September 20, 2021

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L’Oréal expects a rebound in sales of cosmetics with the end of the crisis

By Sarah White

PARIS (Reuters) – The new chief executive of the French cosmetics giant said on Friday that L’Oréal is counting on a revival of sales of cosmetics, with a gradual exit from the health crisis and the need to renew social relations.

Cosmetic groups were punished last year by closing stores during confinement periods, and their customers, masked or isolated at home, avoided “make-up” products, retreating from purchasing “other products such as skin care” online.

But Nicolas Hieronymus, L’Oréal’s chief executive since the start of the month, is taking control of the group at a time when national vaccination campaigns allow us to peek at a way out of the health crisis tunnel.

He notes that products like mascara are making a comeback, and new trends may appear as well. For example, today consumers are choosing more bold colors for their hair, with shades like blue.

“This is a clear sign that people want to have fun, have fun and express their differences and uniqueness,” Nicholas Hieronymus said in an interview with Reuters. “This is a good omen.”

He adds that makeup sales in countries such as China or Israel, where stores are open and restrictions imposed to tackle the outbreak of the Coronavirus have not yet reached 2019 levels, but it could do so early this year.

L’Oréal’s new CEO notes: “We are researching conversation topics on the Internet and on social networks, and in the United States recently, the volume of discussions about makeup has reached an unprecedented level.”

New products

The decline in cosmetic sales in 2020 affected the group’s sales volume and its consumer division, which includes brands such as Maybelline.

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The world’s No. 1 cosmetic company revenue fell 6.3% to 28 billion euros last year, although it began to recover at its good pace in the second half of the year.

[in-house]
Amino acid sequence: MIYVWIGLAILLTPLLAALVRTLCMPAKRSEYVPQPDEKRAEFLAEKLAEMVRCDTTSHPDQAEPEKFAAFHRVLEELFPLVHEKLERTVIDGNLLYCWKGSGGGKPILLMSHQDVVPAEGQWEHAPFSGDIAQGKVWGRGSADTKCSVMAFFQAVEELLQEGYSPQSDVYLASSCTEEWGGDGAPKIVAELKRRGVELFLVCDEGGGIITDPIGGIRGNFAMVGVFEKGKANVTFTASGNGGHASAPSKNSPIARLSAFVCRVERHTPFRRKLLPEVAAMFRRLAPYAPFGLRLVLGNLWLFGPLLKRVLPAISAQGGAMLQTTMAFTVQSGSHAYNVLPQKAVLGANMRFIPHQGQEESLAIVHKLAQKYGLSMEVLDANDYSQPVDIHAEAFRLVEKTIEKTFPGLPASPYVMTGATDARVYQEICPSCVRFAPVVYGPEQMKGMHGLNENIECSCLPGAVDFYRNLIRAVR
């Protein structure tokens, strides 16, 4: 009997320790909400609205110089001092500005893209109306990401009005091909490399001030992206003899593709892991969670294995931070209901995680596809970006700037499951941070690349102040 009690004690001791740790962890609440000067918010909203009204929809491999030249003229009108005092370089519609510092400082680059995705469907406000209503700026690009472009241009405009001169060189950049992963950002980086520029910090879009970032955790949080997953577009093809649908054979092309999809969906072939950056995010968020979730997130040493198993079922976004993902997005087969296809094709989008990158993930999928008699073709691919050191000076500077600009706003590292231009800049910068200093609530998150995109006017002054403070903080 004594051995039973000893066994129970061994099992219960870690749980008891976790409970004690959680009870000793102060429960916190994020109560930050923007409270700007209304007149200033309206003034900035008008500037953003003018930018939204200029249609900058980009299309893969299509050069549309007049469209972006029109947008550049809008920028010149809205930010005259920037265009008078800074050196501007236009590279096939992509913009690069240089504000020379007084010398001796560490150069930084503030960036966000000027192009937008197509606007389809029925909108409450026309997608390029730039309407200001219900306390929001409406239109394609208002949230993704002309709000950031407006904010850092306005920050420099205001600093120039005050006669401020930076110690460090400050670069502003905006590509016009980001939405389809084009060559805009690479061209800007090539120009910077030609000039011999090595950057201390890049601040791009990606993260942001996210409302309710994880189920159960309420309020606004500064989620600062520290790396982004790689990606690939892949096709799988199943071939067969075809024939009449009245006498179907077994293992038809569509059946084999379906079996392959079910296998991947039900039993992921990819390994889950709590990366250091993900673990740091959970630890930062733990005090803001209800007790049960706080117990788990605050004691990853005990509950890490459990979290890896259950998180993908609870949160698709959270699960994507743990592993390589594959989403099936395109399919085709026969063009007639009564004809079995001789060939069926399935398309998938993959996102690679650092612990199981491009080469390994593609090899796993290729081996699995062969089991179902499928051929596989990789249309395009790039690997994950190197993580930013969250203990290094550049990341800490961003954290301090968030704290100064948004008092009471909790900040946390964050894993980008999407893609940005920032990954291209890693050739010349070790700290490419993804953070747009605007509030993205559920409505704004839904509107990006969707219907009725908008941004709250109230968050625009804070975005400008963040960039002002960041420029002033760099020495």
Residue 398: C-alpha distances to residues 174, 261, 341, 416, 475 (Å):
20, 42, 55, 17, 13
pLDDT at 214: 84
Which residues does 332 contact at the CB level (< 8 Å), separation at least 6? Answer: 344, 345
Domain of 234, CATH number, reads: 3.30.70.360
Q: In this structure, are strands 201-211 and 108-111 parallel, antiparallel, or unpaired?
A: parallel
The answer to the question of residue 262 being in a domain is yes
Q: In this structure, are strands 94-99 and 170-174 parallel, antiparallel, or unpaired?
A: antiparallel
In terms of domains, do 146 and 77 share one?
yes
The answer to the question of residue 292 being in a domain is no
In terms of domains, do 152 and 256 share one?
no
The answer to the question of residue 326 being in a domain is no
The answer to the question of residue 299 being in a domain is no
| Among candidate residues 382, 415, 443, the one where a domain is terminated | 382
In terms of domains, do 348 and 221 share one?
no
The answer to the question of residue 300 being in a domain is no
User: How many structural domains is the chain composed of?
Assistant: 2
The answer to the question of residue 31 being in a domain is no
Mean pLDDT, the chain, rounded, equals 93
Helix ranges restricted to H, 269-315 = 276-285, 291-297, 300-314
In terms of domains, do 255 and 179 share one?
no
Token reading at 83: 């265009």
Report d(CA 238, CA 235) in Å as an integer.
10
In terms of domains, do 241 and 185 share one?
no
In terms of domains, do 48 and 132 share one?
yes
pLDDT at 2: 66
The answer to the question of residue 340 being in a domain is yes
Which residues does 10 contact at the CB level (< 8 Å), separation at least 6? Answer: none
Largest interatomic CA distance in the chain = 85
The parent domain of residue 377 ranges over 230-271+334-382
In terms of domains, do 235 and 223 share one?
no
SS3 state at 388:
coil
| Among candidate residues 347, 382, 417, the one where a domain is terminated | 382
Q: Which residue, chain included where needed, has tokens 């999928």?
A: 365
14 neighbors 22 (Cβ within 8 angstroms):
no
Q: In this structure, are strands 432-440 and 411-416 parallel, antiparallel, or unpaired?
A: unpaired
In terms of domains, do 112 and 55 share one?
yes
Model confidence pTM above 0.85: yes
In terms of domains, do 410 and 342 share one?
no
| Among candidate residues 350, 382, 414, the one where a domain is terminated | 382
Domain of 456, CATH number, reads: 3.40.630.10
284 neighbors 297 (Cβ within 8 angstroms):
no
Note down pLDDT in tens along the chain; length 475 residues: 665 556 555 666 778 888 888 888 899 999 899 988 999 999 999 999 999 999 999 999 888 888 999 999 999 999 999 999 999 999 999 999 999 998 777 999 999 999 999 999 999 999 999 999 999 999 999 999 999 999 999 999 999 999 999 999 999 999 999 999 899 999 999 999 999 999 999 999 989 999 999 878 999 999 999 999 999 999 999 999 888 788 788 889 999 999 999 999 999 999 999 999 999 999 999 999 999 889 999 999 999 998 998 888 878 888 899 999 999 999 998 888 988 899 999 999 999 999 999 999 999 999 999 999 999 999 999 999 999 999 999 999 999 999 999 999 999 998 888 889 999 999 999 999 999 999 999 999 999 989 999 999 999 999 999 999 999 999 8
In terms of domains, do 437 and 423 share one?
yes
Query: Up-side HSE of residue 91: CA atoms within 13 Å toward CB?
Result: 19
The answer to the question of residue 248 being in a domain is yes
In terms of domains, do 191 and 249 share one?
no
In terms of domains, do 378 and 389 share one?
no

L’Oréal will make the most of this recovery by launching products, in particular the new cosmetics range of its luxury Italian brand Valentino, as Nicolas Hieronimus identifies.

Other brands have also created during the pandemic, such as Nyx’s “Shine Loud” lipstick, which was introduced this year, and is designed not to stick to clothes, but its marketing campaign also took into account wearing a mask. , He continues.

Nicolas Hieronymus, who started his career nearly thirty years ago at L’Oréal at Garnier Laboratories, before becoming a group manager in Mexico and then leading the luxury division, will have to face challenges. Other challenges during his tenure, particularly the increasing demand for natural ingredients in beauty products.

The French group has invested heavily in what it calls “beauty technology,” “technology-enhanced beauty,” which consists, for example, in providing platforms that allow you to virtually test your “look” or use data to predict next trends.

“As the world changes, you have to know how to be agile” sums up.

L’Oréal and other major cosmetic groups like Estée Lauder have been rocked in recent years by small brands that can grab attention thanks to constant product changes and smart social media campaigns.

E-commerce, which today accounts for just under 30% of L’Oréal’s revenue, will likely reach half of the group’s sales by the end of the decade, according to the group’s projections; even within three years according to Goldman Sachs’ estimates. This is already the case in China.

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(French version by Jean-Stéphane Bruce, edited by Bertrand Bossi)